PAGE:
The questions we should ask when it comes to class size in N.J. schools

Mitt Romney visited a charter school in West Philadelphia last Thursday and, either brazenly or cluelessly, addressed that third rail of education politics, class size.

This is commentary from education blogger Laura Waters of NJ Left Behind.

Mitt Romney visited a charter school in West Philadelphia last Thursday and, either brazenly or cluelessly, addressed that third rail of education politics, class size.

“In schools that are the highest-performing in the world,” he said, “their classroom sizes are about the same as in the United States. So it’s not the classroom size that’s driving the success of those school systems.”

An opportunity for a rational discussion of the costs and benefits of small class size?

More like a greedy Democratic pounce on Romney’s education street cred. President Obama’s spokeswoman sneered, “What planet does he live on?”

Philadelphia Mayor Michael Nutter emoted, “I’m not sure what universe he’s operating in, but we certainly know in Pennsylvania, every parent knows, every second-grader knows, that smaller class sizes are preferable.”

Never mind that President Obama’s Education Secretary Arne Duncan has said that class size “has been a sacred cow and we need to take it on.” Never mind that, according to the National Center for Educational Statistics, the number of pupils per teacher has declined from 22.3 in 1970 to 15.6 in 2010 without meaningful increases in student achievement.  

In N.J. and elsewhere, low class size is an inviolable mantra, the bedrock of your friendly functional public education system.

Parents love it. Teachers (and their union representatives: Read the NJEA policy statement here) love it. Administrators and school boards love it. We try to apply this tenet indiscriminately across the Garden State. So, what’s it worth? Does it help kids learn?

The research most often cited by advocates of statewide low class size comes from a study in Tennessee called Project STAR, or Student/Teacher Achievement Ratio, which found that Tennessee students benefit from low class size, particularly poor African-American students. Another study, SAGE (Student Achievement Guarantee in Education) concluded that children living in poverty demonstrate years of increased achievement after three years of small class size.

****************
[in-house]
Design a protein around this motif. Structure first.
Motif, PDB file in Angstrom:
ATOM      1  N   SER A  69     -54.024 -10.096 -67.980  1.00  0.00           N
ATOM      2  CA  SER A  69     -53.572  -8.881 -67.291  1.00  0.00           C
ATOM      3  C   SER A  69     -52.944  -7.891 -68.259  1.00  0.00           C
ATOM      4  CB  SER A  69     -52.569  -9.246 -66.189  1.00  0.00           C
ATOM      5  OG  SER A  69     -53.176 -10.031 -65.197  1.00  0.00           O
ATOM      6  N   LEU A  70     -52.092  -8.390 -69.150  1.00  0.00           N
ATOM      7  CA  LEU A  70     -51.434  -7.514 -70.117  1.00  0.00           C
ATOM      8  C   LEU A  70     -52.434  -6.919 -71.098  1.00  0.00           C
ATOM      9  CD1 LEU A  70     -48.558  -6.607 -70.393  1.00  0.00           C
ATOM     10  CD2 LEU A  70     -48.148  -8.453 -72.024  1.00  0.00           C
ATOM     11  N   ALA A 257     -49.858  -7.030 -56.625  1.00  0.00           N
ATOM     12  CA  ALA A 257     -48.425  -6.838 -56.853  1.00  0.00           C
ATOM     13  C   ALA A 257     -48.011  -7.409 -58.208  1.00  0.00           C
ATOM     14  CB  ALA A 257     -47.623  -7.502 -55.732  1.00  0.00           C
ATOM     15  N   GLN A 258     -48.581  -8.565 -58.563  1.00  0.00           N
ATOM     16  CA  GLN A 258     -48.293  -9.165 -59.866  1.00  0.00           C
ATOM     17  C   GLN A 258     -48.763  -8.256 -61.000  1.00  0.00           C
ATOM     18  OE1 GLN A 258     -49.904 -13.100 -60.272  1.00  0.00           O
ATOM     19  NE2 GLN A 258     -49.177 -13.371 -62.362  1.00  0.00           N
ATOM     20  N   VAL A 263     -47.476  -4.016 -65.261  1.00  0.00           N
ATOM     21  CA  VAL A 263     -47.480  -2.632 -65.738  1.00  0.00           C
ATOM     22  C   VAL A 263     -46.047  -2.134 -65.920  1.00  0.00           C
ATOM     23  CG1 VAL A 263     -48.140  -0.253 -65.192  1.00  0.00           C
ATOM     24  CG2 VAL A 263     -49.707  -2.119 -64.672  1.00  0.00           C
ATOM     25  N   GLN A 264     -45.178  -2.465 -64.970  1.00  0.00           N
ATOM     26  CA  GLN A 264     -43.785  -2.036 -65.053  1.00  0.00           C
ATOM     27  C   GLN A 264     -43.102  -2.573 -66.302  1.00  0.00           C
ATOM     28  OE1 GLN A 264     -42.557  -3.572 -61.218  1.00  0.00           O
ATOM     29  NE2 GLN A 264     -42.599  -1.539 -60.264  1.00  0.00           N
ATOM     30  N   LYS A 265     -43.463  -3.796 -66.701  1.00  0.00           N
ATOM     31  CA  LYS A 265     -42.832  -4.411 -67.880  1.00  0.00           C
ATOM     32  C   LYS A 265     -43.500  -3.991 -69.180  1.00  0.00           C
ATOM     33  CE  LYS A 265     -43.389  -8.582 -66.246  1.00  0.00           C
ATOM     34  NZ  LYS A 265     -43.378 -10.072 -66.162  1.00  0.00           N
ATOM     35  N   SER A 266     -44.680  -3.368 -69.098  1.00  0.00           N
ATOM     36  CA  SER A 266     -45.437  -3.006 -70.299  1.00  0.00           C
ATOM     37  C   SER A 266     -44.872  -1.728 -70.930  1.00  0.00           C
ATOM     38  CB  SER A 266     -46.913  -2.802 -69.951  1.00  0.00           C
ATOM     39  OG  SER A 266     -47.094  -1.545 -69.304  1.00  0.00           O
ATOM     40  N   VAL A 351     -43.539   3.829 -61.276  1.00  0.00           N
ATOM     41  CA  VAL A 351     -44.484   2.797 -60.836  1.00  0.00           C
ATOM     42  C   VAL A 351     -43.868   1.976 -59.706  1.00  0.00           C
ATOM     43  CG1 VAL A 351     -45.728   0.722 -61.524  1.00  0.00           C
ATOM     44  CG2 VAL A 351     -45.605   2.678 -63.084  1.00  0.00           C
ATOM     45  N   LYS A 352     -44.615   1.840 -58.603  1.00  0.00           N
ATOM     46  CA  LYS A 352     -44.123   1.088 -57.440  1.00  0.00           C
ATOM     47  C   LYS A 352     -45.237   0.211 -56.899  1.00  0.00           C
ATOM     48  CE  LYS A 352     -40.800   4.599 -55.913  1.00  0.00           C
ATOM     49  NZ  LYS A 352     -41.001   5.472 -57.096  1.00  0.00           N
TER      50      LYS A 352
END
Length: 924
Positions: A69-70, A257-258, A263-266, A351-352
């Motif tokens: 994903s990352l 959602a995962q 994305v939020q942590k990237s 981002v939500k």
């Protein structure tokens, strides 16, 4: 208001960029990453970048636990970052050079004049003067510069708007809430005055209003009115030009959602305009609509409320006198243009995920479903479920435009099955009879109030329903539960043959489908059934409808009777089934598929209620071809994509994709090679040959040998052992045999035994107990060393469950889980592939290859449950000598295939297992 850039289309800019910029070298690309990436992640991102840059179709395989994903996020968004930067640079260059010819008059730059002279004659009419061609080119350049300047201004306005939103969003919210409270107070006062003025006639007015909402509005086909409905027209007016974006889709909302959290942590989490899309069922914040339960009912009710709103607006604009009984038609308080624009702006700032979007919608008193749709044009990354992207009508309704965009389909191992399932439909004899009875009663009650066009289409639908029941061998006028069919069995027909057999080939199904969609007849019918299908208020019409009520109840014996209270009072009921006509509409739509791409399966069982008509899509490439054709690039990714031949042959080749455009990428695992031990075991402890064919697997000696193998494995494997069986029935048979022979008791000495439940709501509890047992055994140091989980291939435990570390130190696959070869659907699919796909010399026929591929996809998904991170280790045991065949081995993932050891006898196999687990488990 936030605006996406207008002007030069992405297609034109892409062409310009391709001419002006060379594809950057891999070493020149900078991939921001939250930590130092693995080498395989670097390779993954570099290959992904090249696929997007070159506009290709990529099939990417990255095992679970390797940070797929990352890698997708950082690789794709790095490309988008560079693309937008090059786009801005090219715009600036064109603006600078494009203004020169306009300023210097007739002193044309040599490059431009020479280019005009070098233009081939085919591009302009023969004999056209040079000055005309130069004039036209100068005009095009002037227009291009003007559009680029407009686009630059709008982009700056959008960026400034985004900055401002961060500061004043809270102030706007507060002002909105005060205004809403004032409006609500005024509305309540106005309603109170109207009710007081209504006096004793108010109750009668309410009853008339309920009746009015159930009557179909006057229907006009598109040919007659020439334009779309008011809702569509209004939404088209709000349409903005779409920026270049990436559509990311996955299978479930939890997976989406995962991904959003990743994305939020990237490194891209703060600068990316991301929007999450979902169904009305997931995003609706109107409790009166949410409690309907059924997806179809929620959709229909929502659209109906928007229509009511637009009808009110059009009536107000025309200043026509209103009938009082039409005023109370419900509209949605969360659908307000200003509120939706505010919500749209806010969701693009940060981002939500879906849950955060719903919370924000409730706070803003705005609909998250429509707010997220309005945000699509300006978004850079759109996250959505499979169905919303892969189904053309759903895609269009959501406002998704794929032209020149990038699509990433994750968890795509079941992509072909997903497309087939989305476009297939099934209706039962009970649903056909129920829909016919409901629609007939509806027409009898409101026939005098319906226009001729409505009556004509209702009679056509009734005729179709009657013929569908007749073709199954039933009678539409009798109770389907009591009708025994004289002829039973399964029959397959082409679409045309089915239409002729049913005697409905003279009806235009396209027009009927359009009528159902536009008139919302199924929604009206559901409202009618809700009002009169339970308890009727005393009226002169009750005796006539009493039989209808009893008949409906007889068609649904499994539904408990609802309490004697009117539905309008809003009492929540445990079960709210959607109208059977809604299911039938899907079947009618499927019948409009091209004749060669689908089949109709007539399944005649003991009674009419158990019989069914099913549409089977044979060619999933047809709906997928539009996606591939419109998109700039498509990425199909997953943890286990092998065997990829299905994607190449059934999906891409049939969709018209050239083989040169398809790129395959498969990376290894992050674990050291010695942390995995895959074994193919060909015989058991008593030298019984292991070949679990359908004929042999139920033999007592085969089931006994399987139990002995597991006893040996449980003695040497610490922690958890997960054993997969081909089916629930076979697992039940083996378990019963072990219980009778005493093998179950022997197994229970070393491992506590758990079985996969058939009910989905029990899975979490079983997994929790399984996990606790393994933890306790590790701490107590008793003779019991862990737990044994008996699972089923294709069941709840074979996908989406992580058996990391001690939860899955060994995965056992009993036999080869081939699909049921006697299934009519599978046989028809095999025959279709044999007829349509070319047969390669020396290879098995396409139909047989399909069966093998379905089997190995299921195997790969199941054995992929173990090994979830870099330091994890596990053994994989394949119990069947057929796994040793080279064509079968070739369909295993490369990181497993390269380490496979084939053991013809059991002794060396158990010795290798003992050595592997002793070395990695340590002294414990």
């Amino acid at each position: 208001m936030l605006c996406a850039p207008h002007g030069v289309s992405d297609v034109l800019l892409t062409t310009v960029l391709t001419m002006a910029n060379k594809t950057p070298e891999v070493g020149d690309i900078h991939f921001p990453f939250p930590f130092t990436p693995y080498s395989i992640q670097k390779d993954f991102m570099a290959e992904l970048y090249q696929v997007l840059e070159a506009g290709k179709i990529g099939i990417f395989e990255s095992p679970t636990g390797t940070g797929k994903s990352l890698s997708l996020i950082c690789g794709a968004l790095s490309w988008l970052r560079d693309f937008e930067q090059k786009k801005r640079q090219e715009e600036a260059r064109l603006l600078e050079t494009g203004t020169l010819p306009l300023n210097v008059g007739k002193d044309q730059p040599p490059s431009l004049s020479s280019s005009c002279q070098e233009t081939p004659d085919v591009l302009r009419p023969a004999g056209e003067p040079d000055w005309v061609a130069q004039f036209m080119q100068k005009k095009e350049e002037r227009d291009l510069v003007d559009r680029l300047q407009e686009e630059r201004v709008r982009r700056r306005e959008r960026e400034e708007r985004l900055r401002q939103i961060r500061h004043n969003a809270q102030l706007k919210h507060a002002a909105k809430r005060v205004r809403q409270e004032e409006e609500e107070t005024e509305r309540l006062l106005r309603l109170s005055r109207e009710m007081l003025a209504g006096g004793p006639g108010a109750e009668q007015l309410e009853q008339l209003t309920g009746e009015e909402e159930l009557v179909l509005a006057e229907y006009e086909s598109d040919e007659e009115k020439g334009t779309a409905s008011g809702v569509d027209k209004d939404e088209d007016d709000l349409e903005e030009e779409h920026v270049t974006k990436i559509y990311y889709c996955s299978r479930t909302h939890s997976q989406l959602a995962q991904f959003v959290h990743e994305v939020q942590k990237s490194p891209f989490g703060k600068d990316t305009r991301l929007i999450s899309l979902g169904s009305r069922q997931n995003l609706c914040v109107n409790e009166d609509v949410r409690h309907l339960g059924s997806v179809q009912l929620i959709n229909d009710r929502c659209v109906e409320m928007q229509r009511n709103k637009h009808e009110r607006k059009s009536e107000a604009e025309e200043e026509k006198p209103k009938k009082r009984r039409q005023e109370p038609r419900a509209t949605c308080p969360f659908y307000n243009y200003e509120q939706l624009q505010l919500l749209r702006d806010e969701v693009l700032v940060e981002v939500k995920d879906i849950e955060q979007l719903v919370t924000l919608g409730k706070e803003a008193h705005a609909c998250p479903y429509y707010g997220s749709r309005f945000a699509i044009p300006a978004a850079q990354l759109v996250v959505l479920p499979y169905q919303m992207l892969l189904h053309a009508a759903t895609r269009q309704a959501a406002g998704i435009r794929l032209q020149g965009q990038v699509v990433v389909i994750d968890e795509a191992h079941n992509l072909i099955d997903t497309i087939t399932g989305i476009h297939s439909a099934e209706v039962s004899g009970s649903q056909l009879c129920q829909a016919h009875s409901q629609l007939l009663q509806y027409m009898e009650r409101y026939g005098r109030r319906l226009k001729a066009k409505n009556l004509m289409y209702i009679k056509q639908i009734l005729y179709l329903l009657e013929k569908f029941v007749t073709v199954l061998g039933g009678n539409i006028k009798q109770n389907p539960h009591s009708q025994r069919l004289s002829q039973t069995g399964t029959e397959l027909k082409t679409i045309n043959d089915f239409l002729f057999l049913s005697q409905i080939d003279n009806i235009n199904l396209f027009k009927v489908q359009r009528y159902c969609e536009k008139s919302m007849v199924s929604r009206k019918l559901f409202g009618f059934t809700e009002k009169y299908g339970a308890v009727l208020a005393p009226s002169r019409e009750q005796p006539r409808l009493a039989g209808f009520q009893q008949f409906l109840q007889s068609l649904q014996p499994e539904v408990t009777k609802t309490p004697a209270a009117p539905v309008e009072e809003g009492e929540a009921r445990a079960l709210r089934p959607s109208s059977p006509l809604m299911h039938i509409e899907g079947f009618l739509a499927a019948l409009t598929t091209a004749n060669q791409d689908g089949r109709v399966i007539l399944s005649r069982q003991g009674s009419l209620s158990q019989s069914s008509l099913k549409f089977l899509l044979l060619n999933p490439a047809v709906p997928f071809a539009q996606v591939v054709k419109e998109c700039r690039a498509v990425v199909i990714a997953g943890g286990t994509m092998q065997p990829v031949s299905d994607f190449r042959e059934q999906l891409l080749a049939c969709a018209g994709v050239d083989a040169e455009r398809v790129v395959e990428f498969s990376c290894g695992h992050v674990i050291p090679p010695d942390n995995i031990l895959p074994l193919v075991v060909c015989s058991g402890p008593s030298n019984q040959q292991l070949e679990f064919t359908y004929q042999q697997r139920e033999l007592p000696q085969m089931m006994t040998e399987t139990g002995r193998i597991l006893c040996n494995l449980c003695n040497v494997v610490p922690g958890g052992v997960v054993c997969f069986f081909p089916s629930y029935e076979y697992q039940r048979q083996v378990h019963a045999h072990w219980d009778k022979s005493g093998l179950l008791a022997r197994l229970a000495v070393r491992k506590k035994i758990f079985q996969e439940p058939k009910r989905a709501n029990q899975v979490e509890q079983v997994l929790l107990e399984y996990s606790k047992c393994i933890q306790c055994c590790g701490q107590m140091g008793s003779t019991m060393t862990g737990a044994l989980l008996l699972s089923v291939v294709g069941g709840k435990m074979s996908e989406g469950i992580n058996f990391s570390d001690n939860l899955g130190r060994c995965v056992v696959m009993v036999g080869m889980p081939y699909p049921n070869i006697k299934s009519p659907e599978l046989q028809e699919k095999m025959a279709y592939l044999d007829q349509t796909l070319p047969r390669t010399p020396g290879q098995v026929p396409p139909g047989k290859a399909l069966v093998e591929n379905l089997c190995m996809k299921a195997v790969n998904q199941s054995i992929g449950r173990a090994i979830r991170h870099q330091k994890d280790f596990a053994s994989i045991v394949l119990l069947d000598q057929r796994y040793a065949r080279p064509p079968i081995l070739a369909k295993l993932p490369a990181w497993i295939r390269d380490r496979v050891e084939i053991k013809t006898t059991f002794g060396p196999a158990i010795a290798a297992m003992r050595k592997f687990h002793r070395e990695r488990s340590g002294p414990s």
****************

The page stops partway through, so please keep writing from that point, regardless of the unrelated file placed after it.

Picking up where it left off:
In addition, research from the Brookings Institute shows that “it appears that very large class-size reductions, on the order of magnitude of 7-10 fewer students per class, can have significant long-term effects on student achievement and other meaningful outcomes. These effects seem to be largest when introduced in the earliest grades, and for students from less advantaged family backgrounds.”

So small class size — the STAR study used classes of 13-17 students — makes a big difference in future achievement, particularly for poor kids.  But it’s a big jump from that reasonable and data-driven conclusion to “all kids, regardless of socio-economic profile, need small classes.”

Indeed, until recently class size in  New Jersey’s 31 poorest Abbott districts was supposed to be capped at 15 kids. But hard times and scarce dollars have pushed those numbers upward. In fact, there’s no statewide consistency, and certainly no correlation with all the data-driven conclusions that it’s really poor kids who benefit from lower student-teacher ratios.

Here’s a few examples.

In Camden County, Thomas Paine Elementary School in Cherry Hill (one of our richer districts) has an average 1st grade class size of 13.2. (This data comes the 2010 NJ DOE database.)

At Dudley Elementary School in Camden City (an Abbott district, one of our poorest) the average class size is 24. 

In Mercer County, the average class size in first grade at Luis Munoz-Rivera Elementary School in Trenton (an Abbott) is 28.5. At wealthy Maurice Hawk Elementary School in West Windsor-Plainsboro, on the other side of Mercer, the average first grade class size is 19.2.

 In Atlantic County, Sea View Elementary School in Linwood City (a middle-class town) has an average first grade size of 18.2.

At South Main St. Elementary School in Pleasantville City, an Abbott in Atlantic County, average first grade class size is listed at a startling 29.3.

Are there poor districts that have low class sizes in N.J.? Sure.

Are there wealthy communities that have high class size? Probably.

Does a child’s consistent exposure to great teachers mitigate the need for small class size? Maybe.

Should we pay great teachers more? (Duh.)

These questions are worth asking as N.J. continues to struggle with school matters of policy, politics, and funding. Poor kids need small class sizes. Wealthier children may learn just as well with a few more kids in the room. Great teachers make a difference. That’s a discussion worth having.

 

Laura Waters is president of the Lawrence Township School Board in Mercer County. She also writes about New Jersey’s public education on her blog NJ Left Behind. Follow her on Twitter @NJleftbehind.

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